April 12th, 2011

Polaroid

In Which We Conspire


Or, Who’s On First?


For the most part, The Weekend Novelist does not recommend writing a novel with more than one protagonist, at least not on the first time out. This is because it is usually best to master storytelling with one protagonist before attempting the far more complex multiple protagonist story. After all, writing is as much craft as it is art, and the diligent chef masters the basics before breaking—or even bending—the rules of the game.

But, as Granny Weatherwax says, “If you have to break the rules, be sure you break them damn good and hard.” Presumably to make it more difficult to put them back together again.

Fortunately The Weekend Novelist offers several exercises for stories that require more than one protagonist. And if the writer monkey has done their diligence, most the ground work will already be laid. The first order of business is to consider, objectively, whether two protagonists are needed (romance novels come to mind). Having two protagonists will change a story, no doubt about it; it may even be enhanced and deepened. But can the story be told, efficiently and effectively, with only one? If so, then perhaps reconsider whether more than one protagonist is truly needed. I think a great deal of fantasy writers, especially fans of such writers as Melanie Rawn or George R. R. Martin, are tempted into writing eight-hundred-page tomes with a bevy of viewpoints. And there is absolutely nothing wrong with this—provided the writer is prepared with a breadth of extensive, grave-deep planning. After all, Rawn and Martin are the Iron Chefs of their genre. Without the grave-deep planning, the unprepared writer monkey may be buried under all the little rocks because the big ones did not shelter them.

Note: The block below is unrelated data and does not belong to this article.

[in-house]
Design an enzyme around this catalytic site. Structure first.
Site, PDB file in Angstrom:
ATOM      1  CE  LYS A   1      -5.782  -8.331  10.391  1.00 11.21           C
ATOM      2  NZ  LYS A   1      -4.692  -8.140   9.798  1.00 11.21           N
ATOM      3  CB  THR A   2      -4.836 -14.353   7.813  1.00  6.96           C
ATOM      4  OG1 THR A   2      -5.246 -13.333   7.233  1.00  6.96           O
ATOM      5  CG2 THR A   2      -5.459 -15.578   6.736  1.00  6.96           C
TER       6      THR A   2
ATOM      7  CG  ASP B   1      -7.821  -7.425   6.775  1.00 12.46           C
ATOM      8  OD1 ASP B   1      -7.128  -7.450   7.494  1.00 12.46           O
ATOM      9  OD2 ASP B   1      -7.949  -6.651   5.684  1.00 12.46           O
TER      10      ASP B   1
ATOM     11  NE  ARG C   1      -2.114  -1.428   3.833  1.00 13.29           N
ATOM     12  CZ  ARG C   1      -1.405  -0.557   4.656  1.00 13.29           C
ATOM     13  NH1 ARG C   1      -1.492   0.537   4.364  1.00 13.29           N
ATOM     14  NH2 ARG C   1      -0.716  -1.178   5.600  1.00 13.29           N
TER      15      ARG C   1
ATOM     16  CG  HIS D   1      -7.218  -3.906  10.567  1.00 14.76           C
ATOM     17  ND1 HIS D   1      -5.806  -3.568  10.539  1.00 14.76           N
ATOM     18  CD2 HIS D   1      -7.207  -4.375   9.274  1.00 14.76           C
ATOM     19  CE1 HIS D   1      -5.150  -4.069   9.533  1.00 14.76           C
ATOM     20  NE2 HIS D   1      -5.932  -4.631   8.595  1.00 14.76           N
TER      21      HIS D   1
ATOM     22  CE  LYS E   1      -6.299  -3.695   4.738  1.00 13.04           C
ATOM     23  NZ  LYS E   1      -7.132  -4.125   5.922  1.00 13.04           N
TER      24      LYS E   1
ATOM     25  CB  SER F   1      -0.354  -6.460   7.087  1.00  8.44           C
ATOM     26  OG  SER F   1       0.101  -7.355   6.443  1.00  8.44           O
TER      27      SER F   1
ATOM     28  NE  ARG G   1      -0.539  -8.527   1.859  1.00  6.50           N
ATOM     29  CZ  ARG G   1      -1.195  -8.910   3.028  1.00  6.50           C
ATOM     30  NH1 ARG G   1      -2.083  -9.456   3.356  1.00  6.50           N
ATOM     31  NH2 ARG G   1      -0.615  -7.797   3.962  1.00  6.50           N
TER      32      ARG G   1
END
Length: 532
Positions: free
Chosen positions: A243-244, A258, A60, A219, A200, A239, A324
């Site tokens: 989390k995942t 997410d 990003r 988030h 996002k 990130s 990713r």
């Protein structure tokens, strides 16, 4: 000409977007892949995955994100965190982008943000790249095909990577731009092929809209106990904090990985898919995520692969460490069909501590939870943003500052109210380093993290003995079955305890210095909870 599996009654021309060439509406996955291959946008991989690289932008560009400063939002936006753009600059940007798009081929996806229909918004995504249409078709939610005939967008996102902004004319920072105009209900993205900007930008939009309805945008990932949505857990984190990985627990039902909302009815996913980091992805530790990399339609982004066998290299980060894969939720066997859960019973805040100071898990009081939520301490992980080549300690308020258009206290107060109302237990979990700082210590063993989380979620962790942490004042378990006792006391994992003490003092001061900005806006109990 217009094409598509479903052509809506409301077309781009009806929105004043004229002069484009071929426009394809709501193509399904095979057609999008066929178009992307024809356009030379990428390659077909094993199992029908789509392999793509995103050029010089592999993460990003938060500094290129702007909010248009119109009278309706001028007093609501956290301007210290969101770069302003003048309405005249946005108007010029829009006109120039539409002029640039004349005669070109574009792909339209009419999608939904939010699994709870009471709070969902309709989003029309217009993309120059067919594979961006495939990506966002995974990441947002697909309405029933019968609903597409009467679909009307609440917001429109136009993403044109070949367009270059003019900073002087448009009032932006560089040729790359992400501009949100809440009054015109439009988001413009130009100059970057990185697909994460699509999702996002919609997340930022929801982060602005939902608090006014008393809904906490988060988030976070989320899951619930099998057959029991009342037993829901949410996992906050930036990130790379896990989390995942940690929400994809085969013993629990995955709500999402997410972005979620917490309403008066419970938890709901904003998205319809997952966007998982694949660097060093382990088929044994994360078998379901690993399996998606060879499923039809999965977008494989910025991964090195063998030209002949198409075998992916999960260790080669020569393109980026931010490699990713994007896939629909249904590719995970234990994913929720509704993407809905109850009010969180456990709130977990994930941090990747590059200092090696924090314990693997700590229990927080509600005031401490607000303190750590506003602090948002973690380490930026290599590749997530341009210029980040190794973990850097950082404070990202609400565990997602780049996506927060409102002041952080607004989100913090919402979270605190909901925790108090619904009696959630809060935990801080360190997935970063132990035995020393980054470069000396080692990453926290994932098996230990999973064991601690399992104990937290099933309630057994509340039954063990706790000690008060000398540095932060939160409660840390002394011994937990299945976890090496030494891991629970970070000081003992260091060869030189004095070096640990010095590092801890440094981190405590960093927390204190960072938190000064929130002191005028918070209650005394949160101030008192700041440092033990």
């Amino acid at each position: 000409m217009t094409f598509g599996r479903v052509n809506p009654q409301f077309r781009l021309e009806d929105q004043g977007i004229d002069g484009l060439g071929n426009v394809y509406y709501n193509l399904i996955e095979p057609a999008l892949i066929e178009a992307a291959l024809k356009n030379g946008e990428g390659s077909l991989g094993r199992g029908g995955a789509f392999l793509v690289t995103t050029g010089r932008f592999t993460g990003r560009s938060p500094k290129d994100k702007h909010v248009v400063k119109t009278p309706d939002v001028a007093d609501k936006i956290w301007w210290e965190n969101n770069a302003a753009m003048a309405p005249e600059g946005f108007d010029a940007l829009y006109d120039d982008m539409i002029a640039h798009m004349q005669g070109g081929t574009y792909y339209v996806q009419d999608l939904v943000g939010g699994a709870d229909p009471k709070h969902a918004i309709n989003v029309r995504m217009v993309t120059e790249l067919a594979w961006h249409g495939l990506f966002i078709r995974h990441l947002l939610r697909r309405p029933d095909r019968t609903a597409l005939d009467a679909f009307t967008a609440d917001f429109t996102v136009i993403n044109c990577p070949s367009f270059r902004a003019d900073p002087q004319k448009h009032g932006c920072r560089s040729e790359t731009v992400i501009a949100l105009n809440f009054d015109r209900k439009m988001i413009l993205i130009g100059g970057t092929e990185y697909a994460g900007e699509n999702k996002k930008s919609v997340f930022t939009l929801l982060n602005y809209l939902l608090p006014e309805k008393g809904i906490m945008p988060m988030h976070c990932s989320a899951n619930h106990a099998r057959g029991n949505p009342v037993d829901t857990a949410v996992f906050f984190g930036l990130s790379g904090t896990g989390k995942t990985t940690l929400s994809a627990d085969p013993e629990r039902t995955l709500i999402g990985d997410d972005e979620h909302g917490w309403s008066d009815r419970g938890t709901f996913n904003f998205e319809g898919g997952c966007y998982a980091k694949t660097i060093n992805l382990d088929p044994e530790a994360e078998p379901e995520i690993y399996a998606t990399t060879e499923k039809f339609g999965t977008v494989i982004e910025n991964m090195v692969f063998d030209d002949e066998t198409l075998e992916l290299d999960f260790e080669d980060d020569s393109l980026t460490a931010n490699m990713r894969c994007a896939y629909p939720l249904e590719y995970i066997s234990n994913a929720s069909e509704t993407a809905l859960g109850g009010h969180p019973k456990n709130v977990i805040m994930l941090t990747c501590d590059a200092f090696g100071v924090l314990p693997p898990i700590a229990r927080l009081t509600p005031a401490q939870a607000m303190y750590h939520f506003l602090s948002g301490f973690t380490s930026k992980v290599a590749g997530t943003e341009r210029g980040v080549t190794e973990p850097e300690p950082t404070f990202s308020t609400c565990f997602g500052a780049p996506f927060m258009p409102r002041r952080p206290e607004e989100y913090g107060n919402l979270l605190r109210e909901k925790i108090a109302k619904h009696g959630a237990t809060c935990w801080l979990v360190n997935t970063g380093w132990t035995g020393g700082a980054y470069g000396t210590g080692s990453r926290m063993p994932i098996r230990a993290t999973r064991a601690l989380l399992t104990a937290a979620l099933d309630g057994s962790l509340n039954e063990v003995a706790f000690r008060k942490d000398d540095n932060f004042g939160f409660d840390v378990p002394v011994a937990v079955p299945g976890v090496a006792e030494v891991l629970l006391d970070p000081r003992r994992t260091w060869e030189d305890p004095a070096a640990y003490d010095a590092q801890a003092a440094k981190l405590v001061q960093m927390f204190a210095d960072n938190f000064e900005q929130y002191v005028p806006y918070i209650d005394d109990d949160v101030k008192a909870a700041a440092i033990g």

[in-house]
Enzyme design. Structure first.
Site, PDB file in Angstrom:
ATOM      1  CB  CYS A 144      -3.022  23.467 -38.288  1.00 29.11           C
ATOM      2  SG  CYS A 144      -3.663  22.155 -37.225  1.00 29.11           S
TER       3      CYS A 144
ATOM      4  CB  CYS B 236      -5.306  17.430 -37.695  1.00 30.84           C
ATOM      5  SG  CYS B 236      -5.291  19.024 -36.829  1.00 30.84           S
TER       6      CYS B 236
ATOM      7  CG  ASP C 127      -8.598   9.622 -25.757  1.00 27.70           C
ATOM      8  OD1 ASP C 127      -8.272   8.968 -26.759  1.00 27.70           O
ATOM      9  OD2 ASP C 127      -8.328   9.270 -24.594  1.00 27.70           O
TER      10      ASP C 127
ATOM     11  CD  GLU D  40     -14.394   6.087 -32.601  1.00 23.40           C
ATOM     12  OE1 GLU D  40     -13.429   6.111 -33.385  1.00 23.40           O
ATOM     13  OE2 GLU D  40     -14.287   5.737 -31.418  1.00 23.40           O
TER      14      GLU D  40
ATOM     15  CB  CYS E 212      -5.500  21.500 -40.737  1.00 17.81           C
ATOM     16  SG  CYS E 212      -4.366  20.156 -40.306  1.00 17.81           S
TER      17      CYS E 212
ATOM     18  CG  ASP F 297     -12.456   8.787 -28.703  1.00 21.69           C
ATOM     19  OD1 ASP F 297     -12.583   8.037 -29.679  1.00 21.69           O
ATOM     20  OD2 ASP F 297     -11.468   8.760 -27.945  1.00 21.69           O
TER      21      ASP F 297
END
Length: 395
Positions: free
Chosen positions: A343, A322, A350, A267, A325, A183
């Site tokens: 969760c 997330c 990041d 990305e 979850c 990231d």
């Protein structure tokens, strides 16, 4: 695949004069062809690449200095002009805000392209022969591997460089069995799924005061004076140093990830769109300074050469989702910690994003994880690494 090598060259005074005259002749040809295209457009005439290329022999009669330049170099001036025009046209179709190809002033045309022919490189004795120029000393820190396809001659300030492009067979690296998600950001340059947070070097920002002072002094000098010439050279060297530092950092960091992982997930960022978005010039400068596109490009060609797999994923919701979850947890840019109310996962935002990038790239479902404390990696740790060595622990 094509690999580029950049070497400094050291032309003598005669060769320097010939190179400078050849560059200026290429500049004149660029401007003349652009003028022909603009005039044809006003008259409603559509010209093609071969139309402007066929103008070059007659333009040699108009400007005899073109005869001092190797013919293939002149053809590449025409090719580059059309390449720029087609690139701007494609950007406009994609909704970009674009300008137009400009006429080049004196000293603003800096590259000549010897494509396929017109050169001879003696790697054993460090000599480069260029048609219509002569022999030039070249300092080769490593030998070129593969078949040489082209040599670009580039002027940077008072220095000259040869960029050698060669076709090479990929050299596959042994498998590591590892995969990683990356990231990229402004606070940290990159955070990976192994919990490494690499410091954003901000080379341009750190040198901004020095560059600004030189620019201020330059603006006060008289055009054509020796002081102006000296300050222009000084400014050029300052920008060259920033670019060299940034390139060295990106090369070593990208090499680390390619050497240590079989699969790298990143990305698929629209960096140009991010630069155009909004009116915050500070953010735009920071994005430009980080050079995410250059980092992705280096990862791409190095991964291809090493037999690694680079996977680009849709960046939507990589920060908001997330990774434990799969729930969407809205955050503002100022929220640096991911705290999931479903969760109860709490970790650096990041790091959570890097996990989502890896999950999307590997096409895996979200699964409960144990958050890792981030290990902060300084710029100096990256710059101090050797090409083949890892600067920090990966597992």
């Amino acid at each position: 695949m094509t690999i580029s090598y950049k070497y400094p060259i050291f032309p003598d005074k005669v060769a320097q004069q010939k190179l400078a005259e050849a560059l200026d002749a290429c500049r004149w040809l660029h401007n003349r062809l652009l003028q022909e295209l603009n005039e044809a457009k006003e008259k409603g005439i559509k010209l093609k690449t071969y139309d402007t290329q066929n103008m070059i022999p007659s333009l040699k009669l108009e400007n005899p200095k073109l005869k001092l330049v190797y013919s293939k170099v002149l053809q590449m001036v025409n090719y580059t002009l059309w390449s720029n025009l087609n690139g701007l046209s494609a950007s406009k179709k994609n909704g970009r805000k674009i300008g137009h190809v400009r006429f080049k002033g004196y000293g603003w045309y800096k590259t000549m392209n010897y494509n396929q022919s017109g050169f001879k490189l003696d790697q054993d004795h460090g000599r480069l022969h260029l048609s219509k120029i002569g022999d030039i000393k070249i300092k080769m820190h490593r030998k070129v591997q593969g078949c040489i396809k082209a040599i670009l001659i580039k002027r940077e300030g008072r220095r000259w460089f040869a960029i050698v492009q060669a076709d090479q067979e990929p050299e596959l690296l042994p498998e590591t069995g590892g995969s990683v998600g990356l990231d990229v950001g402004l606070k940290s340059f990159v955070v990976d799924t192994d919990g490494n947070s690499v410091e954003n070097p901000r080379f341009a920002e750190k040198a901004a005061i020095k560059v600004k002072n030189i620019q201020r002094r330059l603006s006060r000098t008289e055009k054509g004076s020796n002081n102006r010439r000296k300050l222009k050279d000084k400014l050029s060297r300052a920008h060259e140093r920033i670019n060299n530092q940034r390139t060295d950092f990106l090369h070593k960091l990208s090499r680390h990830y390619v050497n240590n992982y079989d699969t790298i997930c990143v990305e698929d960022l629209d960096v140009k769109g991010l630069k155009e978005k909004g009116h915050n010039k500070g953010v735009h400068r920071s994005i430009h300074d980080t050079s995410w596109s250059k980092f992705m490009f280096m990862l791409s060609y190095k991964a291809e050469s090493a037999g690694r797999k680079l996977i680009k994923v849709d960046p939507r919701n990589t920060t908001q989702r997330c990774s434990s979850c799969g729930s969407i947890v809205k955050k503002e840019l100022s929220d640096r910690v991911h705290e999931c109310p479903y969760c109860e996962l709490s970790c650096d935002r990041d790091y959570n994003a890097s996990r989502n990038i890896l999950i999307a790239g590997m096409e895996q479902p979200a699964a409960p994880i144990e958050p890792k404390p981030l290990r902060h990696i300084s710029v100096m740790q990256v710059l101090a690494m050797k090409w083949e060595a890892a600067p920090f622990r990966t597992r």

Leaving Las Vegas is an excellent example of a story with a double protagonist. So is Melanie Rawn’s Dragon Prince. Both, whatever else is going on, are essentially love stories. Other examples of double or multiple protagonists can be buddy stories, or family sagas. A helper character, or sidekick if you will, should not be mistaken for a second protagonist. Robin is not on equal footing with Batman. Robin rarely (if ever) has his own plot.

Which is what it comes down to. To each protagonist his or her own plot. So next it’s recommended to make a full list of characters from memory, from our character work (if you can’t recall a character from memory, then they’re probably not significant enough to be promoted to protagonist). Was more than one protagonist planned from the beginning, or did a second character begin to take center stage during the development process? What was it about them that bucked for a promotion?

For my Big Dang Project, there were several possibilities to consider for a second protagonist, knowing that each option available in FK’s sphere of influence will change my story dynamic, perhaps dramatically:

 Dear Old Dad

The Good Son

The Imperial Assassin

The Minstrel

Childhood Sweetheart

For the remainder of the week I’ll have to pull my significant plot points of both my main plot and subplots into a grid and assign points of view, and see where it takes me, what it does to the story I’ve already set out. Will it be a tighter story to consolidate a subplot or two with the main plot into a multi-hued thread, or should separate threads be woven as originally planned? Then I’ll have to play with my Aristotle’s Incline to get a visual of potential rhythms.